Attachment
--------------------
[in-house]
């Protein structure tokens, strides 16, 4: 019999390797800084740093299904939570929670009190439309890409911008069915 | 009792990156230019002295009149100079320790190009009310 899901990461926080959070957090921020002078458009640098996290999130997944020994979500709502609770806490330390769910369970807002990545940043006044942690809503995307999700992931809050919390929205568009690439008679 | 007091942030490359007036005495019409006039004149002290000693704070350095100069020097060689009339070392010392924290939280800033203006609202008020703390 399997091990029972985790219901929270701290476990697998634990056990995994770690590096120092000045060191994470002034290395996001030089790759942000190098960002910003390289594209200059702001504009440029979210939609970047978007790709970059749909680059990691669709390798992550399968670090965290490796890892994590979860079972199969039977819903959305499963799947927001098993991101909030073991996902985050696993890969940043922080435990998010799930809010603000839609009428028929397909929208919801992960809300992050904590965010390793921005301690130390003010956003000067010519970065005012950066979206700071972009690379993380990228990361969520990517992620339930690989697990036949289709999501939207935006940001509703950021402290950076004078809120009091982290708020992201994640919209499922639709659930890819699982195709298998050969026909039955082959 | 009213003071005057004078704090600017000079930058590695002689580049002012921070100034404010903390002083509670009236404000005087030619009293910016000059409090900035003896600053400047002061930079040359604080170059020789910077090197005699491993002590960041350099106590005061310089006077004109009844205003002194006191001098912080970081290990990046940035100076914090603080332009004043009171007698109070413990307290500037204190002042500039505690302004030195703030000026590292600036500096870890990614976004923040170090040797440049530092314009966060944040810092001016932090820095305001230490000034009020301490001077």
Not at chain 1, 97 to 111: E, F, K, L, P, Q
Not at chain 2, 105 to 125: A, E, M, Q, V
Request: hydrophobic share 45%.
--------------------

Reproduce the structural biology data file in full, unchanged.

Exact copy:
[in-house]
């Protein structure tokens, strides 16, 4: 019999390797800084740093299904939570929670009190439309890409911008069915 | 009792990156230019002295009149100079320790190009009310 899901990461926080959070957090921020002078458009640098996290999130997944020994979500709502609770806490330390769910369970807002990545940043006044942690809503995307999700992931809050919390929205568009690439008679 | 007091942030490359007036005495019409006039004149002290000693704070350095100069020097060689009339070392010392924290939280800033203006609202008020703390 399997091990029972985790219901929270701290476990697998634990056990995994770690590096120092000045060191994470002034290395996001030089790759942000190098960002910003390289594209200059702001504009440029979210939609970047978007790709970059749909680059990691669709390798992550399968670090965290490796890892994590979860079972199969039977819903959305499963799947927001098993991101909030073991996902985050696993890969940043922080435990998010799930809010603000839609009428028929397909929208919801992960809300992050904590965010390793921005301690130390003010956003000067010519970065005012950066979206700071972009690379993380990228990361969520990517992620339930690989697990036949289709999501939207935006940001509703950021402290950076004078809120009091982290708020992201994640919209499922639709659930890819699982195709298998050969026909039955082959 | 009213003071005057004078704090600017000079930058590695002689580049002012921070100034404010903390002083509670009236404000005087030619009293910016000059409090900035003896600053400047002061930079040359604080170059020789910077090197005699491993002590960041350099106590005061310089006077004109009844205003002194006191001098912080970081290990990046940035100076914090603080332009004043009171007698109070413990307290500037204190002042500039505690302004030195703030000026590292600036500096870890990614976004923040170090040797440049530092314009966060944040810092001016932090820095305001230490000034009020301490001077």
Not at chain 1, 97 to 111: E, F, K, L, P, Q
Not at chain 2, 105 to 125: A, E, M, Q, V
Request: hydrophobic share 45%.